Former Prime Minister Joseph Muscat has issued a statement in the wake of a damning report by the board of the public inquiry linked to the assassination of Daphne Caruana Galizia.
The board of inquiry investigating the assassination argued that while Muscat was not directly responsible, his actions had led to a culture of impunity that allowed the murder to take place.
The inquiry also noted that while it could not state with confidence that the Maltese government was being run by the mafia, the happenings leading up to the assassination were leading the country in that direction and would have done so had the murder not happened.
In a statement, Muscat said:
“There can never be any justification for the assassination of Daphne Caruana Galizia. What happened on 16 October 2017 made me resolute not to act like my predecessors who paid lip service but did nothing about homicides that rocked the country.”
“I must remark that the reservations I had about the Inquiry’s departure from its original Terms of Reference which I illustrated at length during my five-hour testimony last December, still stand, were not adequately addressed, and are further confirmed by the conclusions.”
“It is to be noted that the Inquiry found that the State had no prior knowledge of, or was involved in the assassination. The report also unequivocally states that I was in no way implicated in the murder. While the Inquiry expressed its disapproval on my political judgement in the aftermath of the Panama Papers, it failed to point out that I took the decision to fetch another mandate in the following months, where the electorate judged me even on how I managed the situation.”
“While the Inquiry affirms that a state of impunity was created, it fails to adequately acknowledge that the alleged hitmen were apprehended in less than two months and the alleged mastermind a few months later, following investigations involving amongst others Europol and FBI. This fact disproves any impression of impunity that the alleged perpetrators may have had. I maintain that there was impunity in cases before my term in office, where high profile crimes were committed but nobody was ever prosecuted.”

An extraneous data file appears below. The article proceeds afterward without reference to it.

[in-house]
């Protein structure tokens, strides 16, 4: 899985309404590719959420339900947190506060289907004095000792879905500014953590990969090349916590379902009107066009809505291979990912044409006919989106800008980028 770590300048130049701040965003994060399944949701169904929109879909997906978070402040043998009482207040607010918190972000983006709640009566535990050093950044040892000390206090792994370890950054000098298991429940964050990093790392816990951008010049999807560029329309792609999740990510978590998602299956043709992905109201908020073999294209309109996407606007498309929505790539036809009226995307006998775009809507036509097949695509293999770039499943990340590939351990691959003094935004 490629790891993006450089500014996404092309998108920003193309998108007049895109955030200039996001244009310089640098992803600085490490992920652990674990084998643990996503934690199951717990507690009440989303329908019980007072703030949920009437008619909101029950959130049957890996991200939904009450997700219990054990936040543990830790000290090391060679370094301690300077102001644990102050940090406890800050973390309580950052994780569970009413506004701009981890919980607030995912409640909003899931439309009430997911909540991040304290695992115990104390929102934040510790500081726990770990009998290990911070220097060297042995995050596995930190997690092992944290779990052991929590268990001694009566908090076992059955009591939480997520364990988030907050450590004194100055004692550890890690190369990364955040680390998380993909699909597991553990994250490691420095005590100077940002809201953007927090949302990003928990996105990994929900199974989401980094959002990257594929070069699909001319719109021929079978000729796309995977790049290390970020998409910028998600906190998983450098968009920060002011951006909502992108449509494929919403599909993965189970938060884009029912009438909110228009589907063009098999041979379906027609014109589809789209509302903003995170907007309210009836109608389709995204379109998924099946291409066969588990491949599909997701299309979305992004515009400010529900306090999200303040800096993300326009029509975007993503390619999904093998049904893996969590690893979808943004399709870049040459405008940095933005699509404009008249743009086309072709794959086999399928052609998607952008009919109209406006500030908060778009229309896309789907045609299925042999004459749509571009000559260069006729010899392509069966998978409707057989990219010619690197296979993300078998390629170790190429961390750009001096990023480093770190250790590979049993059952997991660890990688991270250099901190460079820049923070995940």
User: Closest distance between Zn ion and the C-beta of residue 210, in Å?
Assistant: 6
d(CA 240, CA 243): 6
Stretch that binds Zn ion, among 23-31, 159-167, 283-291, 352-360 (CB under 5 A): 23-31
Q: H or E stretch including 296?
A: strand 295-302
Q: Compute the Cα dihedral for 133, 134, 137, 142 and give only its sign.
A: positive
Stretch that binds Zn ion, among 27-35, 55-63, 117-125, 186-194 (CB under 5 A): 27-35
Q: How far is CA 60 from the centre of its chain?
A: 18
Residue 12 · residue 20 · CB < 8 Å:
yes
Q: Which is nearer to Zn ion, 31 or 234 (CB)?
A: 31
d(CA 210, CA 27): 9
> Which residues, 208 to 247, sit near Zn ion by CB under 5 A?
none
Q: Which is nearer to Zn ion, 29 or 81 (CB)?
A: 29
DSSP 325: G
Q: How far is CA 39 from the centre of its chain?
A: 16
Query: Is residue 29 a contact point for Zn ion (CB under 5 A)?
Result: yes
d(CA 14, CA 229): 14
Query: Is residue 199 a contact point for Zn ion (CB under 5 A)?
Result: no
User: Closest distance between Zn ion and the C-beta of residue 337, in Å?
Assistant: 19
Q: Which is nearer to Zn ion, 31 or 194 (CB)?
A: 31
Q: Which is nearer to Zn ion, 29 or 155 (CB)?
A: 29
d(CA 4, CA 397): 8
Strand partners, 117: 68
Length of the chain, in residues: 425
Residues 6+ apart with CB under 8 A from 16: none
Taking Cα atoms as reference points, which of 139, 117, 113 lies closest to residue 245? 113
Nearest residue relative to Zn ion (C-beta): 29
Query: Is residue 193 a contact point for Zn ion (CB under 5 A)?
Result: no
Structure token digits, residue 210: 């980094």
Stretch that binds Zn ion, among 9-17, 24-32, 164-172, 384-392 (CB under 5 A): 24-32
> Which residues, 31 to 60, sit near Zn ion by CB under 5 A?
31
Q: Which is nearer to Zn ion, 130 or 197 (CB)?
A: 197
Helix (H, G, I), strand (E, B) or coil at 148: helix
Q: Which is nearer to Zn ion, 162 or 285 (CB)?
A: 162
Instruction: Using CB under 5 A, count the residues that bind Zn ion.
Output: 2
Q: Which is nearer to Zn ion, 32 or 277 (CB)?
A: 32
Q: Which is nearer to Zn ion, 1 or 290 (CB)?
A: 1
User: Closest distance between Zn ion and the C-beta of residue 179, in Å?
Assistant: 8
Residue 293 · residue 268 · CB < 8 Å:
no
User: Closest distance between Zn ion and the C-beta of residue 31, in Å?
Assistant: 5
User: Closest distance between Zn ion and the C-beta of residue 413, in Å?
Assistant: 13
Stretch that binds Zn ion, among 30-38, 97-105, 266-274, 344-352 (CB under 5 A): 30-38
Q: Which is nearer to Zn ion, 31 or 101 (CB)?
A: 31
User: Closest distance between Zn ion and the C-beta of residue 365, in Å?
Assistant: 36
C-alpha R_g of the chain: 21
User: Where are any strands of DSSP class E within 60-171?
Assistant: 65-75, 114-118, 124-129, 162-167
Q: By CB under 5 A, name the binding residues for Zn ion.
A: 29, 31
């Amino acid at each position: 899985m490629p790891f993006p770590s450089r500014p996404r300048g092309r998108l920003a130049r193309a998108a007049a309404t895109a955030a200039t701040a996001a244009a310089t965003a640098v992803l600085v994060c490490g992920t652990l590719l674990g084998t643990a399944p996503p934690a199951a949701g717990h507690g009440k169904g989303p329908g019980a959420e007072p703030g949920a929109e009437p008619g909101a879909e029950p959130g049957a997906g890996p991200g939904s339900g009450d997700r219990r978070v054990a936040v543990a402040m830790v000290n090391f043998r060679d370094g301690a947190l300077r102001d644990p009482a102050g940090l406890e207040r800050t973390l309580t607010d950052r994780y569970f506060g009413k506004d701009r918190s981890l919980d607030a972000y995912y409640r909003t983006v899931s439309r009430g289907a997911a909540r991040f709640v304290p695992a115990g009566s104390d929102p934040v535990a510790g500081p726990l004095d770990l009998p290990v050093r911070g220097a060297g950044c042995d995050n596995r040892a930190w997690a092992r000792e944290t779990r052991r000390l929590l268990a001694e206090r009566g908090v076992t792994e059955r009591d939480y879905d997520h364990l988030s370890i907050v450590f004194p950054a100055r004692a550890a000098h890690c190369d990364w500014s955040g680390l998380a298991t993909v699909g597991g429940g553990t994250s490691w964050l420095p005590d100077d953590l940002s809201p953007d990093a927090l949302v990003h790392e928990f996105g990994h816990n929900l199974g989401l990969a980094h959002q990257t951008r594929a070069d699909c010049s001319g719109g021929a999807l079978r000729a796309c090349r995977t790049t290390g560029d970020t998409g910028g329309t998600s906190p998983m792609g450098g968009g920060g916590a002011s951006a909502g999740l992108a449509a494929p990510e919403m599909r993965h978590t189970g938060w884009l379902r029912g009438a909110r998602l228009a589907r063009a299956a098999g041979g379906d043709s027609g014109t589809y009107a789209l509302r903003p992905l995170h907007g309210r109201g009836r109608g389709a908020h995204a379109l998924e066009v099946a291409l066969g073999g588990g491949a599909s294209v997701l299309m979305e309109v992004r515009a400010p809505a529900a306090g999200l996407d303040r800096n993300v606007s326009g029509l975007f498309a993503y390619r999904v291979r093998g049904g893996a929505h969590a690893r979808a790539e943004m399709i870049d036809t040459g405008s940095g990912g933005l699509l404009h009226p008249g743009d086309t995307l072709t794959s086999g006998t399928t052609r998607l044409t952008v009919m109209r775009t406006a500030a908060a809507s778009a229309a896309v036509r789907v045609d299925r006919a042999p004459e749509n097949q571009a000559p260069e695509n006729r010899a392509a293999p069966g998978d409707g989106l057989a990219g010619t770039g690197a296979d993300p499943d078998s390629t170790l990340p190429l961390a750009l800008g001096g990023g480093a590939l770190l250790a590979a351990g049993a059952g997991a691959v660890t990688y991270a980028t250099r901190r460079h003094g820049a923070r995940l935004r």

“I will not put much credence in the persistent rumours that third parties had access to a draft report prior to its publication. Nevertheless, clarity needs to be made on a statement made yesterday by the Leader of the Opposition, indicating he knew when the report would be handed over. He also referred to proposals in the report. The proposals were not mentioned in the Terms of Reference, and while their inclusion is totally legitimate and important, one has to question how the Leader of the Opposition was aware of such a section in the report.”
“Furthermore, he delved deeper stating his agreement with the report’s proposals, and asking for their implementation, even before the report was handed over to government. One wonders how he knew about these details or if it is customary for him to agree beforehand with something he did not know the contents of. Moreover, the fact that extracts from the report found themselves in the public domain before the actual publication is questionable.”
“In conclusion, despite the very serious reservations on the shortcomings of the Inquiry, I accept the said conclusions as I have always done in the past out of respect for the Institutions. I do hope that others will accept the result of other Inquiries by members of the same judiciary, such as the Egrant case, rather than continuously casting ill-founded doubts on them.”
“As I said when I announced I would be stepping down from Prime Minister, I was doing so to shoulder responsibilities which were mine and also those which were not, including those mentioned in this Inquiry. I paid the ultimate political price for this.”
What do you think of Muscat’s statement?